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Vietnam Vows to Shut Down Bear-Bile Farms, Rescue 1,000 Captive Bears

The Vietnamese government, in partnership with Animals Asia, has finally agreed to end the cruel practice of bear bile harvesting.

Animals Asia announced last week: "The Memorandum of Understanding (MOU) outlines an agreement between animal welfare NGO Animals Asia and the Vietnam Administration of Forestry (VNFOREST) to work together to rescue the remaining bears still caged on farms across Vietnam – believed to be around 1,000." The US$20 million rescue project will also build sanctuaries for the emancipated animals.

Vietnam, along with Laos and China, has a longstanding tradition of snatching bears from the wild and inhumanely extracting their bile for supposedly medicinal purposes. Now, the Administration of Forestry has agreed to rescue remaining captive bears from across the country for sancutary relocation in order to put a stop to bear farming.

This practice dates back more than 3,000 years, as locals believe that bear bile can treat a variety of liver and gallbladder diseases, as well as lesser ailments like sore muscles and hangovers.

In the 1990s, bear farms began to surface throughout Vietnam to meet the growing demand for bear bile. In 2005, the country outlawed the poaching of wild bears for bile extraction; however, there was a loophole: farmers were allowed to keep the bears they already had in captivity. Other farmers skirted the law by claiming the bears as pets or keeping them hidden.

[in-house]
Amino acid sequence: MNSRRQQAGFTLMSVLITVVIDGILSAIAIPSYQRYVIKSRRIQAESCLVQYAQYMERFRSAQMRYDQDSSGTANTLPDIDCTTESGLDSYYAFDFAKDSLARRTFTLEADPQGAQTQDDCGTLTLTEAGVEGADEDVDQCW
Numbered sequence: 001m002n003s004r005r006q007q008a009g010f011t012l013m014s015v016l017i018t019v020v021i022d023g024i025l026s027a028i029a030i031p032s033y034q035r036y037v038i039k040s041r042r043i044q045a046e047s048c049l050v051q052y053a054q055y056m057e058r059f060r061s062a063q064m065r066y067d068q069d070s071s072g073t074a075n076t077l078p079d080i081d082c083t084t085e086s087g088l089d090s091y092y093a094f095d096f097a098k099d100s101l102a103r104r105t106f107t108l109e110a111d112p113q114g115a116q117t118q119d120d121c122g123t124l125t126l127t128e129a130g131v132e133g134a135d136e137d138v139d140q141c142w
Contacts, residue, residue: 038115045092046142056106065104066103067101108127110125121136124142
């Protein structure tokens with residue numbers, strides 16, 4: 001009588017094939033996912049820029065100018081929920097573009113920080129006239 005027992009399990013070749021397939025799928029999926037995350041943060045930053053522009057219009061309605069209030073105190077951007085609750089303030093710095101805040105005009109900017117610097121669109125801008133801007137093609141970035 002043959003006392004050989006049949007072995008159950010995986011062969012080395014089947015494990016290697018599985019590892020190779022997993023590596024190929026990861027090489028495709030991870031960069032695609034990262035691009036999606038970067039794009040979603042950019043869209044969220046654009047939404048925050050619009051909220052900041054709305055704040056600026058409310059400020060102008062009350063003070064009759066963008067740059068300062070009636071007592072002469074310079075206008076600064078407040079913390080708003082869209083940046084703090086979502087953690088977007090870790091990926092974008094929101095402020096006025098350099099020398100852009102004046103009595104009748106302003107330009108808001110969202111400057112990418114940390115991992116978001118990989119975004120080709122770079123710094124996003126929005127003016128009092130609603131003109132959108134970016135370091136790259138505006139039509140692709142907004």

In 2015, bear farmers came under fire again when VICE Newsraised awareness on the scale and complexity of the issue. Animals Asia founder Jill Robinson told the news source: "The extraction of bear bile from live bears causes unimaginable suffering and long term health problems."

National Geographic explained: "The bear bile industry targets mostly sun bears and Asiatic black bears, also known as moon bears, which both get their names from the tuft of white hair on their chests. The bears’ gallbladders contain a yellow liquid — bile — that helps them digest fat."

The process of removing the bile involves forcing a catheter into the bears’ bodies or creating a fistula in the abdomen to cause the gallbladder to drain, or "free drip." This can lead to cancer, blindness, heart disease and death. 

Poaching destabilizes the wild bear population, in addition to bears in captivity. Animals Asia’s Vietnam Director Tuan Bendixsen said: "This agreement shows Vietnam acknowledges that bear bile farming harms wild populations. By signing on, they’ve shown they are serious about conserving the country’s remaining wild bears and protecting the heritage of future generations."

[Photo via VnExpress]

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